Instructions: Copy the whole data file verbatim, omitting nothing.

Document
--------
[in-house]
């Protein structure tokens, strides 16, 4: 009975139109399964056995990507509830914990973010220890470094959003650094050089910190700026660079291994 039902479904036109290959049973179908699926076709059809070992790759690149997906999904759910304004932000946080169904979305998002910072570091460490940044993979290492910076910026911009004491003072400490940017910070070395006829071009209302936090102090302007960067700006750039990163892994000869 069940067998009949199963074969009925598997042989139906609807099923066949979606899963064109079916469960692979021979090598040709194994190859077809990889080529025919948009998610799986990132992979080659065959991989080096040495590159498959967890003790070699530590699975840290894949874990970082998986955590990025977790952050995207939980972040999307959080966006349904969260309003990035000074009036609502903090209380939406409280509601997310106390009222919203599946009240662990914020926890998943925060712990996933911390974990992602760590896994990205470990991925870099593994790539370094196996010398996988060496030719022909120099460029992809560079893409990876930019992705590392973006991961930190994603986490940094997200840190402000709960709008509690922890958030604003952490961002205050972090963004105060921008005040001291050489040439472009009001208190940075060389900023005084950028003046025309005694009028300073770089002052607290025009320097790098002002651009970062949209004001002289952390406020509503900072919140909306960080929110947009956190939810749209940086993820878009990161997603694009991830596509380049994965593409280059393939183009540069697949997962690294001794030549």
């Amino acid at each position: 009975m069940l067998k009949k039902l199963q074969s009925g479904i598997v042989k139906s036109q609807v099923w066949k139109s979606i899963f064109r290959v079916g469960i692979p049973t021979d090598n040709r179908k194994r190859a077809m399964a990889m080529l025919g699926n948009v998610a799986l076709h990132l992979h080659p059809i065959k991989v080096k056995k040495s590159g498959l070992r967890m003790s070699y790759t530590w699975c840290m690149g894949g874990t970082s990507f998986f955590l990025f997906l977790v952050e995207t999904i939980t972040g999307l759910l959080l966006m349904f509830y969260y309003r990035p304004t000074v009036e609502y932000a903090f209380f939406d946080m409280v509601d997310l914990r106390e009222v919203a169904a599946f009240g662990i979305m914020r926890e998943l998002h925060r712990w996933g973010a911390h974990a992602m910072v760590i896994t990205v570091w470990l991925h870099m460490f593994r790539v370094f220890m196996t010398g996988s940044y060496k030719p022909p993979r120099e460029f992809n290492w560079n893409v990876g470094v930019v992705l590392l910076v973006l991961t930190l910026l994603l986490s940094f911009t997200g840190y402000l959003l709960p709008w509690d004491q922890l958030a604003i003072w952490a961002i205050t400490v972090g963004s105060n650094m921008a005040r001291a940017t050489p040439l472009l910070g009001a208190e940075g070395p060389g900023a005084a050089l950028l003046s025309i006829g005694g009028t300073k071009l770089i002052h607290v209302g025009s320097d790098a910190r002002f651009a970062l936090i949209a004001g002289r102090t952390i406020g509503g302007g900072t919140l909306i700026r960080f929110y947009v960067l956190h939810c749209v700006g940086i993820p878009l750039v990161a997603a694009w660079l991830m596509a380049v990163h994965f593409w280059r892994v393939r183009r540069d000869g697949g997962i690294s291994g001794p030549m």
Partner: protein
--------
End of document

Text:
[in-house]
């Protein structure tokens, strides 16, 4: 009975139109399964056995990507509830914990973010220890470094959003650094050089910190700026660079291994 039902479904036109290959049973179908699926076709059809070992790759690149997906999904759910304004932000946080169904979305998002910072570091460490940044993979290492910076910026911009004491003072400490940017910070070395006829071009209302936090102090302007960067700006750039990163892994000869 069940067998009949199963074969009925598997042989139906609807099923066949979606899963064109079916469960692979021979090598040709194994190859077809990889080529025919948009998610799986990132992979080659065959991989080096040495590159498959967890003790070699530590699975840290894949874990970082998986955590990025977790952050995207939980972040999307959080966006349904969260309003990035000074009036609502903090209380939406409280509601997310106390009222919203599946009240662990914020926890998943925060712990996933911390974990992602760590896994990205470990991925870099593994790539370094196996010398996988060496030719022909120099460029992809560079893409990876930019992705590392973006991961930190994603986490940094997200840190402000709960709008509690922890958030604003952490961002205050972090963004105060921008005040001291050489040439472009009001208190940075060389900023005084950028003046025309005694009028300073770089002052607290025009320097790098002002651009970062949209004001002289952390406020509503900072919140909306960080929110947009956190939810749209940086993820878009990161997603694009991830596509380049994965593409280059393939183009540069697949997962690294001794030549």
């Amino acid at each position: 009975m069940l067998k009949k039902l199963q074969s009925g479904i598997v042989k139906s036109q609807v099923w066949k139109s979606i899963f064109r290959v079916g469960i692979p049973t021979d090598n040709r179908k194994r190859a077809m399964a990889m080529l025919g699926n948009v998610a799986l076709h990132l992979h080659p059809i065959k991989v080096k056995k040495s590159g498959l070992r967890m003790s070699y790759t530590w699975c840290m690149g894949g874990t970082s990507f998986f955590l990025f997906l977790v952050e995207t999904i939980t972040g999307l759910l959080l966006m349904f509830y969260y309003r990035p304004t000074v009036e609502y932000a903090f209380f939406d946080m409280v509601d997310l914990r106390e009222v919203a169904a599946f009240g662990i979305m914020r926890e998943l998002h925060r712990w996933g973010a911390h974990a992602m910072v760590i896994t990205v570091w470990l991925h870099m460490f593994r790539v370094f220890m196996t010398g996988s940044y060496k030719p022909p993979r120099e460029f992809n290492w560079n893409v990876g470094v930019v992705l590392l910076v973006l991961t930190l910026l994603l986490s940094f911009t997200g840190y402000l959003l709960p709008w509690d004491q922890l958030a604003i003072w952490a961002i205050t400490v972090g963004s105060n650094m921008a005040r001291a940017t050489p040439l472009l910070g009001a208190e940075g070395p060389g900023a005084a050089l950028l003046s025309i006829g005694g009028t300073k071009l770089i002052h607290v209302g025009s320097d790098a910190r002002f651009a970062l936090i949209a004001g002289r102090t952390i406020g509503g302007g900072t919140l909306i700026r960080f929110y947009v960067l956190h939810c749209v700006g940086i993820p878009l750039v990161a997603a694009w660079l991830m596509a380049v990163h994965f593409w280059r892994v393939r183009r540069d000869g697949g997962i690294s291994g001794p030549m």
Partner: protein